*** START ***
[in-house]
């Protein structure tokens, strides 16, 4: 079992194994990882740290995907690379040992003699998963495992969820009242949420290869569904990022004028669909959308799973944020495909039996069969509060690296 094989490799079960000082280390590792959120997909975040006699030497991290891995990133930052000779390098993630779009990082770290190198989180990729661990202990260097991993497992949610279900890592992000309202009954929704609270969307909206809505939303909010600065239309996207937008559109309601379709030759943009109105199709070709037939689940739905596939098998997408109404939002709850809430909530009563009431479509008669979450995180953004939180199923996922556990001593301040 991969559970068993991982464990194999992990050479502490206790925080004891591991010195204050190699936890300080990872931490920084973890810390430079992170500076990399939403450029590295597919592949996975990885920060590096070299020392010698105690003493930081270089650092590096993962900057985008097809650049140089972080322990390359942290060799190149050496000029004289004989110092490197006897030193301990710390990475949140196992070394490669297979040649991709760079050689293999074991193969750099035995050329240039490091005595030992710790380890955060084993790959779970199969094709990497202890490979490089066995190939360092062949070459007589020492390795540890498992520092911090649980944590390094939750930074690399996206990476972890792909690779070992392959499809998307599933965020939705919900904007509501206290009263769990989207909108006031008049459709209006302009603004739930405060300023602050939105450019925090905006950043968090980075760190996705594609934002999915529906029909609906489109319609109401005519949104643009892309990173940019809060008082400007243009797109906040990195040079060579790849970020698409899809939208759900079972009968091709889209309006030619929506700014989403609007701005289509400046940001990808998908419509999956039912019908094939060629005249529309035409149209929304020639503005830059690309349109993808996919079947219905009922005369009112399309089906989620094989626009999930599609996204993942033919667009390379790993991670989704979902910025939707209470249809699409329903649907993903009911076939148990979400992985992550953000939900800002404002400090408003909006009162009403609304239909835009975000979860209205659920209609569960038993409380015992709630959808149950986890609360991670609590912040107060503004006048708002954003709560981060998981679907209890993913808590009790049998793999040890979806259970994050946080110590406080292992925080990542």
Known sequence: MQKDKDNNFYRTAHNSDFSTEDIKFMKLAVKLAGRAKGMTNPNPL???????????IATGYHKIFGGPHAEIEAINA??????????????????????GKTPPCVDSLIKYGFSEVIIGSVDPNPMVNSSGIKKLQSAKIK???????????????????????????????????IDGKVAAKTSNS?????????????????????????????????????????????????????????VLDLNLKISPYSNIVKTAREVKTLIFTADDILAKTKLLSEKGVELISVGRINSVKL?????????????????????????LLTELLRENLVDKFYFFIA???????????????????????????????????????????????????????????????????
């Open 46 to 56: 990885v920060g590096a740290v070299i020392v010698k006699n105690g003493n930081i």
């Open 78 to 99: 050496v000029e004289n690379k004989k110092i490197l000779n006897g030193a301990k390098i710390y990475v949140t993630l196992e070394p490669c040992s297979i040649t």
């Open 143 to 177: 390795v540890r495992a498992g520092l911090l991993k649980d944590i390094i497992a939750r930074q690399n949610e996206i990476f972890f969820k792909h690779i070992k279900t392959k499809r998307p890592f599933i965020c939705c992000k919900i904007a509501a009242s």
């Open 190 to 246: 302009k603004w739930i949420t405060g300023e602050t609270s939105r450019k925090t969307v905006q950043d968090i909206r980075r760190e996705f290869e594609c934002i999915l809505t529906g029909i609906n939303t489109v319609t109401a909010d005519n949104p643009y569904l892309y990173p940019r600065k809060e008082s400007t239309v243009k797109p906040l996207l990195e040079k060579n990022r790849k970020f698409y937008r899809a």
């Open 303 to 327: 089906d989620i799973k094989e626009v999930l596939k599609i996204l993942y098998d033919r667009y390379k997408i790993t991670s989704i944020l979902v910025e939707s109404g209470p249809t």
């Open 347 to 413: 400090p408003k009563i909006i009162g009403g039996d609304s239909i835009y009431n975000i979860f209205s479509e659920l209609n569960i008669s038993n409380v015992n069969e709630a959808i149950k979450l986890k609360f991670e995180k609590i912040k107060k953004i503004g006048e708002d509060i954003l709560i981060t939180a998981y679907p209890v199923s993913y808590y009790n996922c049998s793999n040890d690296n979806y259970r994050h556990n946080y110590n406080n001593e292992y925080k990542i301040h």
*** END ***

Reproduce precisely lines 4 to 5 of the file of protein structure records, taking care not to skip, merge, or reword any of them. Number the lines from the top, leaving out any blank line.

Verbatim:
């Open 46 to 56: 990885v920060g590096a740290v070299i020392v010698k006699n105690g003493n930081i």
């Open 78 to 99: 050496v000029e004289n690379k004989k110092i490197l000779n006897g030193a301990k390098i710390y990475v949140t993630l196992e070394p490669c040992s297979i040649t």